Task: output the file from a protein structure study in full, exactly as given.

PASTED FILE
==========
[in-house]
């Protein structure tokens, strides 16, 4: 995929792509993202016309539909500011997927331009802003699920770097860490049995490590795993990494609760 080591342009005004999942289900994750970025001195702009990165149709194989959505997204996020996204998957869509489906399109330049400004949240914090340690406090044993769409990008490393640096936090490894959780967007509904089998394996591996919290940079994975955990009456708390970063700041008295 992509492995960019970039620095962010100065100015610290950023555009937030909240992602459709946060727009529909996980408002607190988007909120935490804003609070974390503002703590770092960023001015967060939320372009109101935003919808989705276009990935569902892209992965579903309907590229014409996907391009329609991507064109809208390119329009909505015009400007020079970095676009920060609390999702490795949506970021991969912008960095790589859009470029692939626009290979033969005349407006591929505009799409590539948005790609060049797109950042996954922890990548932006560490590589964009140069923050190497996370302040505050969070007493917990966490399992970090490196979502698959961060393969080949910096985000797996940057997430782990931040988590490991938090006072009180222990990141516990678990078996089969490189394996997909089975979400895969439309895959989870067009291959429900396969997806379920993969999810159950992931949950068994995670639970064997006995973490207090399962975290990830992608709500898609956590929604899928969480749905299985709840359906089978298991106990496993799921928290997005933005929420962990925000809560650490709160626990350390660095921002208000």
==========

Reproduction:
[in-house]
């Protein structure tokens, strides 16, 4: 995929792509993202016309539909500011997927331009802003699920770097860490049995490590795993990494609760 080591342009005004999942289900994750970025001195702009990165149709194989959505997204996020996204998957869509489906399109330049400004949240914090340690406090044993769409990008490393640096936090490894959780967007509904089998394996591996919290940079994975955990009456708390970063700041008295 992509492995960019970039620095962010100065100015610290950023555009937030909240992602459709946060727009529909996980408002607190988007909120935490804003609070974390503002703590770092960023001015967060939320372009109101935003919808989705276009990935569902892209992965579903309907590229014409996907391009329609991507064109809208390119329009909505015009400007020079970095676009920060609390999702490795949506970021991969912008960095790589859009470029692939626009290979033969005349407006591929505009799409590539948005790609060049797109950042996954922890990548932006560490590589964009140069923050190497996370302040505050969070007493917990966490399992970090490196979502698959961060393969080949910096985000797996940057997430782990931040988590490991938090006072009180222990990141516990678990078996089969490189394996997909089975979400895969439309895959989870067009291959429900396969997806379920993969999810159950992931949950068994995670639970064997006995973490207090399962975290990830992608709500898609956590929604899928969480749905299985709840359906089978298991106990496993799921928290997005933005929420962990925000809560650490709160626990350390660095921002208000």